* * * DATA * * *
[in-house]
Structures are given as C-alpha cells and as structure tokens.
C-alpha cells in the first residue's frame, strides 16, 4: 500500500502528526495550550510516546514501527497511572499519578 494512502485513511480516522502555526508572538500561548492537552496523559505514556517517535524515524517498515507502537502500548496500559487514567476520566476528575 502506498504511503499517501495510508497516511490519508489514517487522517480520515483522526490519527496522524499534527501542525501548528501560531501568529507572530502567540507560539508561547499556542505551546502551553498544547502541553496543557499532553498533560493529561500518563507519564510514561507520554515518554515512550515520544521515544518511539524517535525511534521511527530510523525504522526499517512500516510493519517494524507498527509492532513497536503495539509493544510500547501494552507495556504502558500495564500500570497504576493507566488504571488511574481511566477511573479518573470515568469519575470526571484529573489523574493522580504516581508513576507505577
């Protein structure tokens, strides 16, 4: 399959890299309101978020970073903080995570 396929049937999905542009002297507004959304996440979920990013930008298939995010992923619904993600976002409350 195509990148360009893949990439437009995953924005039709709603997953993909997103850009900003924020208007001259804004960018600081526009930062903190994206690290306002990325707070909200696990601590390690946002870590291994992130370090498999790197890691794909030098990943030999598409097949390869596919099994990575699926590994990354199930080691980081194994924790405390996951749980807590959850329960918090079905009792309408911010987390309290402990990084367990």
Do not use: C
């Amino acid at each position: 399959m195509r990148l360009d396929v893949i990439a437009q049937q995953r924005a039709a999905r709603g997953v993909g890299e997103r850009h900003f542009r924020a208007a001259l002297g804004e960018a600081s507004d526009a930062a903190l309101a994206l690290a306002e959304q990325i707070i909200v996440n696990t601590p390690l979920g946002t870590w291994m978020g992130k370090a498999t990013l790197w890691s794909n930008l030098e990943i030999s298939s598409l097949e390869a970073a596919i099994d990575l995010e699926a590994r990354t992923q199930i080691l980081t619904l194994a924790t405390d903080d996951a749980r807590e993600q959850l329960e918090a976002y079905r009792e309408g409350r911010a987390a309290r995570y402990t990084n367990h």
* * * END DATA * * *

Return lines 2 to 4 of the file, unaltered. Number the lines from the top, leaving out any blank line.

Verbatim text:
Structures are given as C-alpha cells and as structure tokens.
C-alpha cells in the first residue's frame, strides 16, 4: 500500500502528526495550550510516546514501527497511572499519578 494512502485513511480516522502555526508572538500561548492537552496523559505514556517517535524515524517498515507502537502500548496500559487514567476520566476528575 502506498504511503499517501495510508497516511490519508489514517487522517480520515483522526490519527496522524499534527501542525501548528501560531501568529507572530502567540507560539508561547499556542505551546502551553498544547502541553496543557499532553498533560493529561500518563507519564510514561507520554515518554515512550515520544521515544518511539524517535525511534521511527530510523525504522526499517512500516510493519517494524507498527509492532513497536503495539509493544510500547501494552507495556504502558500495564500500570497504576493507566488504571488511574481511566477511573479518573470515568469519575470526571484529573489523574493522580504516581508513576507505577
């Protein structure tokens, strides 16, 4: 399959890299309101978020970073903080995570 396929049937999905542009002297507004959304996440979920990013930008298939995010992923619904993600976002409350 195509990148360009893949990439437009995953924005039709709603997953993909997103850009900003924020208007001259804004960018600081526009930062903190994206690290306002990325707070909200696990601590390690946002870590291994992130370090498999790197890691794909030098990943030999598409097949390869596919099994990575699926590994990354199930080691980081194994924790405390996951749980807590959850329960918090079905009792309408911010987390309290402990990084367990």